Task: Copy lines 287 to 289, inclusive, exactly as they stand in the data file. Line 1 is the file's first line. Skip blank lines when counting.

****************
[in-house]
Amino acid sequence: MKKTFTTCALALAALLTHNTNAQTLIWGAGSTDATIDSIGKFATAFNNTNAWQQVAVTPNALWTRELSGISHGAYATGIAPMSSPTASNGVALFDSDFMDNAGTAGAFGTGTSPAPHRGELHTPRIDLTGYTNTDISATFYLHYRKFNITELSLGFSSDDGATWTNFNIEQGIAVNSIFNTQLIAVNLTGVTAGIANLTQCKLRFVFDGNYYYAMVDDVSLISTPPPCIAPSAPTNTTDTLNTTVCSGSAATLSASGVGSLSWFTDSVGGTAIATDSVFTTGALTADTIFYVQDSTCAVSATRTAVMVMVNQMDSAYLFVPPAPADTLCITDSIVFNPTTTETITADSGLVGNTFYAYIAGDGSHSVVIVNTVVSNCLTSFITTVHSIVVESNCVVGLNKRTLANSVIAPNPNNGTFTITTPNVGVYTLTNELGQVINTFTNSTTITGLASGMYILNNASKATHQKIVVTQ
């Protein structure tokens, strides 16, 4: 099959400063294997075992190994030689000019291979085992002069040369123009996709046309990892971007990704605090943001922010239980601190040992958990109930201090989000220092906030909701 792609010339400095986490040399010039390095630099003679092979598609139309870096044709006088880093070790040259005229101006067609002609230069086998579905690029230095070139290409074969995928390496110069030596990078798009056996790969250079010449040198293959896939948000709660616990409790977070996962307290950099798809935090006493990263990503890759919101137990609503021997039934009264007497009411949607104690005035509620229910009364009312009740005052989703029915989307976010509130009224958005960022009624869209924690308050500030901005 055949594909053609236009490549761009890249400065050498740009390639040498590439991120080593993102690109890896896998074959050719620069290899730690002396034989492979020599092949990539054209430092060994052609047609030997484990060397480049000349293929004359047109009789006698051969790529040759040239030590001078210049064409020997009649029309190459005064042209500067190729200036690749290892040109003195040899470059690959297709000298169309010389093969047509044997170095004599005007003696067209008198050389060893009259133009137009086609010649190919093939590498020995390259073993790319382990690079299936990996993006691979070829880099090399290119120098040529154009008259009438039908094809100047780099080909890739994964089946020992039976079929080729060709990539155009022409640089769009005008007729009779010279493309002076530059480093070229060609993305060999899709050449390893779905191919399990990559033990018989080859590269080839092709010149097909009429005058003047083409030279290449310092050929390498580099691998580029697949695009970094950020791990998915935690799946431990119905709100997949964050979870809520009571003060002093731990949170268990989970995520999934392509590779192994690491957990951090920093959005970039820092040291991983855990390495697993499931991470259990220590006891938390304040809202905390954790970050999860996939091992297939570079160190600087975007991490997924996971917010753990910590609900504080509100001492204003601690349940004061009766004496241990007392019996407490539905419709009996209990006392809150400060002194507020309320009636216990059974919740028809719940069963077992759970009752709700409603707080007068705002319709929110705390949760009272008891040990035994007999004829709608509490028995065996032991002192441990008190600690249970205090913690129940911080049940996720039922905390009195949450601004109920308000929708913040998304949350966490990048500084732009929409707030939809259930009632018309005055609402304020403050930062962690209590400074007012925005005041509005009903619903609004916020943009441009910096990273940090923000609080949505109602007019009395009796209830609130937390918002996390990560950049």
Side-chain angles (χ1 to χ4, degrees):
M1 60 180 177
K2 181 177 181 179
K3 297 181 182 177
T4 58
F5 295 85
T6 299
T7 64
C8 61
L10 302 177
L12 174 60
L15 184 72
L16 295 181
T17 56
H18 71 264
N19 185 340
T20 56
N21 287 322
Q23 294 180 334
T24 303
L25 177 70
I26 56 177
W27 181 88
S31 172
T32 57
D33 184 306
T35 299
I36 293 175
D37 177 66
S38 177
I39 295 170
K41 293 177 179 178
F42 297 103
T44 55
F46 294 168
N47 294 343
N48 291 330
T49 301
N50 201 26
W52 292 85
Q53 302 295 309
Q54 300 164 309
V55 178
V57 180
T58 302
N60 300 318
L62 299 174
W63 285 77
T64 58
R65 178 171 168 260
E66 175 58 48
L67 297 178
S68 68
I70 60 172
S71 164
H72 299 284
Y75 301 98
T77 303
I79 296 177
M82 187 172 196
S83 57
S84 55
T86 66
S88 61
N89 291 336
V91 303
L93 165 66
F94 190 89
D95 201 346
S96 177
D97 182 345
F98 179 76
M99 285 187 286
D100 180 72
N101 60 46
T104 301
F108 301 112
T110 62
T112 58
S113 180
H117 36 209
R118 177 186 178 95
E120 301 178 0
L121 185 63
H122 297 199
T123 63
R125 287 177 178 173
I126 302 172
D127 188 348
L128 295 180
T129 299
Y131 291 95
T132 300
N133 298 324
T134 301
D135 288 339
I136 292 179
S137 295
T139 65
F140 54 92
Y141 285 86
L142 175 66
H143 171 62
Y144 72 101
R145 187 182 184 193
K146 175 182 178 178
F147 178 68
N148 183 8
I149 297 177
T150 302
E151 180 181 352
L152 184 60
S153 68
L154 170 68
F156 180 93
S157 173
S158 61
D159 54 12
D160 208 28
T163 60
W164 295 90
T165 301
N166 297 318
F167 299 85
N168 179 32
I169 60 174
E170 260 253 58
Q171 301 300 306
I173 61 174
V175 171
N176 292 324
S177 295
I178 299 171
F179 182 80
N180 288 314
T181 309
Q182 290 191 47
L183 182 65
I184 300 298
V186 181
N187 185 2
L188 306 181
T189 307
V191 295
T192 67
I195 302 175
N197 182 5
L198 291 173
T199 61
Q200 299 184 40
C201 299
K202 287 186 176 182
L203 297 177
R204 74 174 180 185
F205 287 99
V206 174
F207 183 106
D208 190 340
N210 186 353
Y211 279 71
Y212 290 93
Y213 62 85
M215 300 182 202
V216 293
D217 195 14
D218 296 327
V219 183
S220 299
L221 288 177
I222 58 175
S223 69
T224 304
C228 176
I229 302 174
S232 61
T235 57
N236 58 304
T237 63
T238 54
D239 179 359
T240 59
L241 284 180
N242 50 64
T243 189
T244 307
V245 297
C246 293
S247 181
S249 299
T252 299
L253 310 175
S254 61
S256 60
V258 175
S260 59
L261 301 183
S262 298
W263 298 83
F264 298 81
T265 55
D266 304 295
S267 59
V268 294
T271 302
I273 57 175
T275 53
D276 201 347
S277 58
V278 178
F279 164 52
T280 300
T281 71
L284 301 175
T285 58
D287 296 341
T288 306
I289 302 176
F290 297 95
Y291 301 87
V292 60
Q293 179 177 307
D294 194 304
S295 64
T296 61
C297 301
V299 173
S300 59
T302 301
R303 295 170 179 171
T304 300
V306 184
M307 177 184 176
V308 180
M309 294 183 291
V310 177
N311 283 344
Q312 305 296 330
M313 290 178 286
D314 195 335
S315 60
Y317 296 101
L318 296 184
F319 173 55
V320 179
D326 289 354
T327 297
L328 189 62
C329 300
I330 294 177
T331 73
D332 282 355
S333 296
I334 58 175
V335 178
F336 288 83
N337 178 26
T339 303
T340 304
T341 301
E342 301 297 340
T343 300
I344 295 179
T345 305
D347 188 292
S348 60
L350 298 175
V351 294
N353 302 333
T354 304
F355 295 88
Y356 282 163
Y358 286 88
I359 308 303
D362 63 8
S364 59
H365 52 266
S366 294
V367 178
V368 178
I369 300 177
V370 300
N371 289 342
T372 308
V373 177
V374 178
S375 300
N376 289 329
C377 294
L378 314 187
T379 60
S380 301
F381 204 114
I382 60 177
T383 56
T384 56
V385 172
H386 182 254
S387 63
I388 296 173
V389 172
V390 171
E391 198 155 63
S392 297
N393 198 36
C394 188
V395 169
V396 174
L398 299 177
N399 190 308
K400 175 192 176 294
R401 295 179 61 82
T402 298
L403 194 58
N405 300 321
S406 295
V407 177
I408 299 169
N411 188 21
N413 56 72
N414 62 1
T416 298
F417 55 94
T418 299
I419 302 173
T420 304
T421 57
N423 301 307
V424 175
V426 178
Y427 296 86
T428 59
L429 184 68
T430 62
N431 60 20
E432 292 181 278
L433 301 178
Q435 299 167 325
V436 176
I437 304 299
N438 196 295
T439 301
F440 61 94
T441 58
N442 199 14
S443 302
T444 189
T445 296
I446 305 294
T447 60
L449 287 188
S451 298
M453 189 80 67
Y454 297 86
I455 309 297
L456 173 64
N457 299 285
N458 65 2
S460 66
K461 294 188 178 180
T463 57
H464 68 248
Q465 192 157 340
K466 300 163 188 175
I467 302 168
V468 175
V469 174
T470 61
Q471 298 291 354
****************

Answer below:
V373 177
V374 178
S375 300